Phillips has unearthed the crème de la crème of Patek Philippe timepieces for its upcoming Geneva watch auction. The coveted wrist candy, Ref. 2523, is expected to reach just shy of $4 million when it goes under the gavel in May.
The world timer watch sports an immaculate cloisonné enamel dial with a depiction of the Eurasian landmass. It’s this distinctive feature that quite literally, put it on the map. The storied Swiss watchmaker is believed to have produced just 11 timepieces with this topography-themed face: five depict North America, three display South America and another three feature Europe and Asia.
It has been nearly two decades since the last Ref. 2523 with a Eurasian map appeared on the market. This particular model, which was actually the first of the trio to be produced, has laid dormant for several years. One of its counterparts resides in the Patek Philippe museum and the other is in a private collection.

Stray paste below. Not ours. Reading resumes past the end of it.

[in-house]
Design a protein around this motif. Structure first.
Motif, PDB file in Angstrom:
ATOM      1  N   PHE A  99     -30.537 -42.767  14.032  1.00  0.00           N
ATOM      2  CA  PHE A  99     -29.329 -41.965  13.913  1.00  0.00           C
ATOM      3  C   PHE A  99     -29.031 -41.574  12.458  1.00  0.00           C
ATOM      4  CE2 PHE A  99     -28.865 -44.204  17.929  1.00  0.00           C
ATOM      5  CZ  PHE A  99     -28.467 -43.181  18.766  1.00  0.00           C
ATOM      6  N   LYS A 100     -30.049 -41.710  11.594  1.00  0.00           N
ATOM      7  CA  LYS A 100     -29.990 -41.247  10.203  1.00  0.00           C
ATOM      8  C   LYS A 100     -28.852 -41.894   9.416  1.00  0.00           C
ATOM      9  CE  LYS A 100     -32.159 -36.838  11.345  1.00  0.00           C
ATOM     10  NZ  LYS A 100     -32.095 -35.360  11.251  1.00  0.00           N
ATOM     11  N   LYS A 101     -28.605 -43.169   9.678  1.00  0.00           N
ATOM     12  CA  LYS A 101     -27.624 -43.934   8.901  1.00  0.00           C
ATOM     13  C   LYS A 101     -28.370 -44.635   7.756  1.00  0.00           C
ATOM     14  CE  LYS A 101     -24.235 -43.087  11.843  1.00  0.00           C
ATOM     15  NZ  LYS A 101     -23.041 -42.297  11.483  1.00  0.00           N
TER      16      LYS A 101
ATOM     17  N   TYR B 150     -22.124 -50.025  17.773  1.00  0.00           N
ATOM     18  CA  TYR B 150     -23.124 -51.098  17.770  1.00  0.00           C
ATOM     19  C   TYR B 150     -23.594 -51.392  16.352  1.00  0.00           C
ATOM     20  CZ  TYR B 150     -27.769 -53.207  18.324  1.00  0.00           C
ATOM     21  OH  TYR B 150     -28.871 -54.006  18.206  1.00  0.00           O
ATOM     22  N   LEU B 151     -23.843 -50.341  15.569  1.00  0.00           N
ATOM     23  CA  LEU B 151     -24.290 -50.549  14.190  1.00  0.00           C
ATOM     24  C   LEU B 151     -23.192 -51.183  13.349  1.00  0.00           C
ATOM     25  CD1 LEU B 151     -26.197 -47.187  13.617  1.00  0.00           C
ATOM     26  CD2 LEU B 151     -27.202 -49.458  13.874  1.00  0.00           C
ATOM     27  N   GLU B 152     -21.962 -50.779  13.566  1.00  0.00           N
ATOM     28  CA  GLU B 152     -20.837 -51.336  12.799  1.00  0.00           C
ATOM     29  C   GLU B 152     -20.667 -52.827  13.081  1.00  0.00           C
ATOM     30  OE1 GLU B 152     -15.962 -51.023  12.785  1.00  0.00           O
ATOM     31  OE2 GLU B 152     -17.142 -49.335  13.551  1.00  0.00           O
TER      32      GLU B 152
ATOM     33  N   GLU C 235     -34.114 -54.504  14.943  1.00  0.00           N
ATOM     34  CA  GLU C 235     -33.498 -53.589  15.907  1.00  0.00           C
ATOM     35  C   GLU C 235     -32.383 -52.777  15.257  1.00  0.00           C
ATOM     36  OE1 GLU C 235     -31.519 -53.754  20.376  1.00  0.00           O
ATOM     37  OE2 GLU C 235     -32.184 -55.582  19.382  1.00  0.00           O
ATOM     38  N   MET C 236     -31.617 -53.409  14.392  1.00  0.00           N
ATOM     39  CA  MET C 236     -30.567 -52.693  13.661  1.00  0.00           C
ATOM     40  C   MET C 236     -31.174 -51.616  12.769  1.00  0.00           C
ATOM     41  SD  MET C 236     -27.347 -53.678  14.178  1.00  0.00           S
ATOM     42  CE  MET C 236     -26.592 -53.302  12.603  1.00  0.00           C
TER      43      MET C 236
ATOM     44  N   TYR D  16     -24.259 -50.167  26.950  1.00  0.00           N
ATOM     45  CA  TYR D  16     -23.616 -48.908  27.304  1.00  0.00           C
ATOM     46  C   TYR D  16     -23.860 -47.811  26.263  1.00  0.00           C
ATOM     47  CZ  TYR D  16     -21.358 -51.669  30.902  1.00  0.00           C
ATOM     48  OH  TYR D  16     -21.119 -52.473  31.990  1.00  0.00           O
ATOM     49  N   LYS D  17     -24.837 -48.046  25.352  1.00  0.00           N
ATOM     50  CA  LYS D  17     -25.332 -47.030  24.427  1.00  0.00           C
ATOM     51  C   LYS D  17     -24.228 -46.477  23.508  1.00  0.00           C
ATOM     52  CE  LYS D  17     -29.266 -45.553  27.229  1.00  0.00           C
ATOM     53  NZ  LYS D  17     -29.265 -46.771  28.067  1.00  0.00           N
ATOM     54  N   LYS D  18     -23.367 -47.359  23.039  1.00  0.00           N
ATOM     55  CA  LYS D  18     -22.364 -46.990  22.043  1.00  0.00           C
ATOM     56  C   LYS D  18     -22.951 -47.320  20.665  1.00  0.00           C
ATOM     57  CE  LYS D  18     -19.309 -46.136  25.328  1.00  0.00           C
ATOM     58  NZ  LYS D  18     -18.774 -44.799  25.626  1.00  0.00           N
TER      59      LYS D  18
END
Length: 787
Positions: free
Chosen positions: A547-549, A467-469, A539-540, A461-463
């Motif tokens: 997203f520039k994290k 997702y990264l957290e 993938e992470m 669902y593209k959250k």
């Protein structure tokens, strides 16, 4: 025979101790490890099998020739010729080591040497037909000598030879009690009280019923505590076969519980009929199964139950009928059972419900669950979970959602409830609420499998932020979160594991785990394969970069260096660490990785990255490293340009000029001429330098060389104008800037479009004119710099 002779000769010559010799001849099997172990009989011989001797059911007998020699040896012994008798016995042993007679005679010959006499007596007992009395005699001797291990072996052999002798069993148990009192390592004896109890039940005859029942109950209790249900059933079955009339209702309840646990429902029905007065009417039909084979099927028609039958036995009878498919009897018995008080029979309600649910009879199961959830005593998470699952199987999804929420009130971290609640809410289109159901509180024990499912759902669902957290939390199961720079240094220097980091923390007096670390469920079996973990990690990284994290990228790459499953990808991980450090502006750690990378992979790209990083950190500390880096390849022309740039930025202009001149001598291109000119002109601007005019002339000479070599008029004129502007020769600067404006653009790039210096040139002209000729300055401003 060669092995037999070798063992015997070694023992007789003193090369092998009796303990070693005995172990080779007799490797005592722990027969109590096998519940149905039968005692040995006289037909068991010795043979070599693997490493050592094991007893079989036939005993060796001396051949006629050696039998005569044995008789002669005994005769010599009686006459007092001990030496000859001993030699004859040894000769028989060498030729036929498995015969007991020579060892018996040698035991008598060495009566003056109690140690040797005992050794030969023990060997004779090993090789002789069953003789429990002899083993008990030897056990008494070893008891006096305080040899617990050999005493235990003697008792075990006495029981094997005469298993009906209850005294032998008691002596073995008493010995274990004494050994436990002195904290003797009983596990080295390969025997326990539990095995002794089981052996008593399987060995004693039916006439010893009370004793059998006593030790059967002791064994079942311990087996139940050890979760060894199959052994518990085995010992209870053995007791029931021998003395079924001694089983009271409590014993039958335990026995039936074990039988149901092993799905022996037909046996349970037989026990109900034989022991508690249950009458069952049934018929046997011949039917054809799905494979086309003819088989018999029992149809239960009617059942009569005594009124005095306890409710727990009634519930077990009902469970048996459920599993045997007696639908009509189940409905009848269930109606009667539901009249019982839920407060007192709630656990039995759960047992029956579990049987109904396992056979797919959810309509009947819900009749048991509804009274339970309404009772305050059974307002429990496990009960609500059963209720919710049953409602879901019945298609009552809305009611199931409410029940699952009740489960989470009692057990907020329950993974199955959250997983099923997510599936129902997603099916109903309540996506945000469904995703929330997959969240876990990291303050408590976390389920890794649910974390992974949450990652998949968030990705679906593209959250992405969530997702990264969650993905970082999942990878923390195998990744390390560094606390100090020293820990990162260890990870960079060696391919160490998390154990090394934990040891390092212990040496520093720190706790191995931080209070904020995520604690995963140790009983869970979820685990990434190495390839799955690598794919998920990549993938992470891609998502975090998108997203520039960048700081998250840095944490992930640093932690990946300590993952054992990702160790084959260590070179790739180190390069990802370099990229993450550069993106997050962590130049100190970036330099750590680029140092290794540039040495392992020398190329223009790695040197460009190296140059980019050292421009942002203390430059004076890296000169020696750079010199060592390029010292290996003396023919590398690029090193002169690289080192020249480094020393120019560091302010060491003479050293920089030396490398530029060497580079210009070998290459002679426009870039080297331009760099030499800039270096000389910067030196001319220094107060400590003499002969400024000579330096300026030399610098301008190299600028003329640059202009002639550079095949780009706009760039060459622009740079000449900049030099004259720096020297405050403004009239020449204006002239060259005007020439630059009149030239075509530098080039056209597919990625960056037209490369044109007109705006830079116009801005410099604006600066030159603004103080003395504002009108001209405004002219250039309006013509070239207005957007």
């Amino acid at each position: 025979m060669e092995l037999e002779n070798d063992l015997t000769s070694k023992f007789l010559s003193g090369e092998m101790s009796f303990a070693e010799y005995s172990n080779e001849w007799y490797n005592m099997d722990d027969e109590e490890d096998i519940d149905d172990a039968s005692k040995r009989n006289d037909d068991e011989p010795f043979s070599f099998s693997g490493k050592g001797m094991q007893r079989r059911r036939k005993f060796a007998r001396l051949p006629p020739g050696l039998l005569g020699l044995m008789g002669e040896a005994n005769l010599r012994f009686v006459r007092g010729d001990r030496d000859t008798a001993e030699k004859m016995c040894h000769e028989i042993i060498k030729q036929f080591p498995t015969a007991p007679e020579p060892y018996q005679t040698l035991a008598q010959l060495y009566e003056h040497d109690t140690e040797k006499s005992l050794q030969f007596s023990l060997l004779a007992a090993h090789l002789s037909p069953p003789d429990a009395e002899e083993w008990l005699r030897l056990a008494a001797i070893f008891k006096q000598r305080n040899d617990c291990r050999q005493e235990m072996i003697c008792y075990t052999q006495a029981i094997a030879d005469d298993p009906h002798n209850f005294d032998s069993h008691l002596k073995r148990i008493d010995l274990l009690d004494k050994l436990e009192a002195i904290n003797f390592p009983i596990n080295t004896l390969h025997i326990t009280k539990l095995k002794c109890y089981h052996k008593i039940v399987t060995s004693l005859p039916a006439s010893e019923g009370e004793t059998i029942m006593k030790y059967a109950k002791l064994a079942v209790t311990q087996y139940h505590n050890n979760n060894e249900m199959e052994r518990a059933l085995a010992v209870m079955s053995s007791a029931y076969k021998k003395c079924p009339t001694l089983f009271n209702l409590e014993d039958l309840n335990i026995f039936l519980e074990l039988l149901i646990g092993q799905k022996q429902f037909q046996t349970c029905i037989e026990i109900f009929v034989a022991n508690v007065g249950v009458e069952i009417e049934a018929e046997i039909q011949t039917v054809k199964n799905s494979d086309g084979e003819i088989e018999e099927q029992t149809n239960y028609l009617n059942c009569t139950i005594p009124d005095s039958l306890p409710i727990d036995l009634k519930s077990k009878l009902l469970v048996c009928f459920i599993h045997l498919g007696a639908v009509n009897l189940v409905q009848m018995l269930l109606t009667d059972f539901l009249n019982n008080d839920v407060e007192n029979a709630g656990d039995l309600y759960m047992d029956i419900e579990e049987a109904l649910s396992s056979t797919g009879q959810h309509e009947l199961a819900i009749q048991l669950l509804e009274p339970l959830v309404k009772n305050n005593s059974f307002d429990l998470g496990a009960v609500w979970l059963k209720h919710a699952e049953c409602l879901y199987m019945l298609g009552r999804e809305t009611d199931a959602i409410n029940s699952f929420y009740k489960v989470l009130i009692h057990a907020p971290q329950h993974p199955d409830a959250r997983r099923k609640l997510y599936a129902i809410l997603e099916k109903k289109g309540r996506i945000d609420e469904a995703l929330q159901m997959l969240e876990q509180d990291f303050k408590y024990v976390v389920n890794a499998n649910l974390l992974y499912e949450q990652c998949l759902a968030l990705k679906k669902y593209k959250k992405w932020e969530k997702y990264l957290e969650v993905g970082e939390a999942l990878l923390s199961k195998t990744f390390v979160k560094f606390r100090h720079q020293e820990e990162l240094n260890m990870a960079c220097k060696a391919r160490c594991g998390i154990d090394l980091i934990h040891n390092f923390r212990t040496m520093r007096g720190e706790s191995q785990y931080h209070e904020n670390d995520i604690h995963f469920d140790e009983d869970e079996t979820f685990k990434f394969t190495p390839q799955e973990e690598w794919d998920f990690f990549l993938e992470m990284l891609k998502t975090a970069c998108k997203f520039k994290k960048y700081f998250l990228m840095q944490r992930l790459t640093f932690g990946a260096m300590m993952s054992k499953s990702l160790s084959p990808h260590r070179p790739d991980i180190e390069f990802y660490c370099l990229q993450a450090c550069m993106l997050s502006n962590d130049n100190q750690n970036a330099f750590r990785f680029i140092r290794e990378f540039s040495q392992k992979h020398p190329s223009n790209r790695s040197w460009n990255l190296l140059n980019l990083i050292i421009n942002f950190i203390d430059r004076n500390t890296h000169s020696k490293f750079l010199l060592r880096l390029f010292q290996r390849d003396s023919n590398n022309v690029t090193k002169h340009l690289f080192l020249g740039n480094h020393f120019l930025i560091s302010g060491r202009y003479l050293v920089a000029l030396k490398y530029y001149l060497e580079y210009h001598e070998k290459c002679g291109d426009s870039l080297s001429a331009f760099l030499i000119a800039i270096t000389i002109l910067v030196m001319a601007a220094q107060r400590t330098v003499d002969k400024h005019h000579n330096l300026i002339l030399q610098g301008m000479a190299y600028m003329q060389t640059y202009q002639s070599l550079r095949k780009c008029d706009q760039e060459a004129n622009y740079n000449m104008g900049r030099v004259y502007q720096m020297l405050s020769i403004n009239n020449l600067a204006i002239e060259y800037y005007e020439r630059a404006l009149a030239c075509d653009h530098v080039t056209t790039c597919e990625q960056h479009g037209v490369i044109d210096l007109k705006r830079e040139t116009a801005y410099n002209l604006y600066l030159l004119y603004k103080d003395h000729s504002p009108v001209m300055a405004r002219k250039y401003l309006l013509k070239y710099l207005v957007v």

Ref. 2523 was first launched in 1953 and features a 36 mm yellow gold case that was actually considered to be quite oversized for the time. It sports two crowns—one for winding the watch and the other to control the city ring, the complication that enables the wearer to find the current time in the 40 cities listed around the watch’s circumference. The face itself features hues of marine blue, green and turquoise that contrast the gleaming gold accents and brown leather strap elegantly.
Unsurprisingly, the rarity is poised to fetch a pretty penny. It will lead The Geneva Watch Auction: XIII held by Phillips in association with Bacs & Russo come May 8 and estimated to reach in excess of $3.7 million (CHF 3.5 million).
“The present reference 2523 with cloisonné enamel dial is truly the end game for many collectors,” Aurel Bacs, senior consultant at Bacs & Russo, said in a statement. “Arguably, it is difficult to find a more abused term in the world of watch collecting, but this is the one instance where the word can be used with its original undiluted meaning: the present watch is—simply put—one of the most sought-after, unobtainable, attractive and fabled timepieces in the world.”
Interested? The coveted collectible can be viewed at the Phillips office on New York’s Park Avenue from March 29 to April 1.